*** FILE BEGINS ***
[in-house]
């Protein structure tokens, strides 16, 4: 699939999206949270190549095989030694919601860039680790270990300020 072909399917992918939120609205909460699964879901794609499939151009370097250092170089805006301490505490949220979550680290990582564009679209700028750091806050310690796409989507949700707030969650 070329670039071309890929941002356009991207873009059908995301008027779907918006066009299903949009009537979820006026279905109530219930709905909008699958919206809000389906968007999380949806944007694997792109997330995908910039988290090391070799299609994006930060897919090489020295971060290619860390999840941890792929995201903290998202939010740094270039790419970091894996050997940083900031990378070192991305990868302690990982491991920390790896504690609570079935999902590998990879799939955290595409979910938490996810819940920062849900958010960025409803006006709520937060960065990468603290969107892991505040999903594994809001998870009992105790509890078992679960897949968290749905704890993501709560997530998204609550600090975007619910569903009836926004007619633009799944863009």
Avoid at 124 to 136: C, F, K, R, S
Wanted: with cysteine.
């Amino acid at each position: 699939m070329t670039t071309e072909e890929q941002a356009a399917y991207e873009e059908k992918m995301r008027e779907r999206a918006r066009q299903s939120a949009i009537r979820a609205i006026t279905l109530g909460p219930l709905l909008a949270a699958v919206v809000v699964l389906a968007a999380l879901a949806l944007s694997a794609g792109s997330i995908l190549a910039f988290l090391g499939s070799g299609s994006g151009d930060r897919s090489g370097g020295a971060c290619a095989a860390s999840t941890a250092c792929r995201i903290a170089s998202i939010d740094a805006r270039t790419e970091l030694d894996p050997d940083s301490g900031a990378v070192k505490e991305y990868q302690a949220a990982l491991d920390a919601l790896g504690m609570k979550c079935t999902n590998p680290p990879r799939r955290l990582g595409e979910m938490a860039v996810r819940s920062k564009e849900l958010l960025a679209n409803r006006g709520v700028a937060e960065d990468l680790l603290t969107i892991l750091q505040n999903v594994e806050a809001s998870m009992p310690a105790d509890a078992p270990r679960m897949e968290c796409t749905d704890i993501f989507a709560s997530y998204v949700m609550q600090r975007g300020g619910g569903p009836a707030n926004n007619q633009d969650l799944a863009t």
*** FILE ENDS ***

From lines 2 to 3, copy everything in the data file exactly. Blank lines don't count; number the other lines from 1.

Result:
């Protein structure tokens, strides 16, 4: 699939999206949270190549095989030694919601860039680790270990300020 072909399917992918939120609205909460699964879901794609499939151009370097250092170089805006301490505490949220979550680290990582564009679209700028750091806050310690796409989507949700707030969650 070329670039071309890929941002356009991207873009059908995301008027779907918006066009299903949009009537979820006026279905109530219930709905909008699958919206809000389906968007999380949806944007694997792109997330995908910039988290090391070799299609994006930060897919090489020295971060290619860390999840941890792929995201903290998202939010740094270039790419970091894996050997940083900031990378070192991305990868302690990982491991920390790896504690609570079935999902590998990879799939955290595409979910938490996810819940920062849900958010960025409803006006709520937060960065990468603290969107892991505040999903594994809001998870009992105790509890078992679960897949968290749905704890993501709560997530998204609550600090975007619910569903009836926004007619633009799944863009």
Avoid at 124 to 136: C, F, K, R, S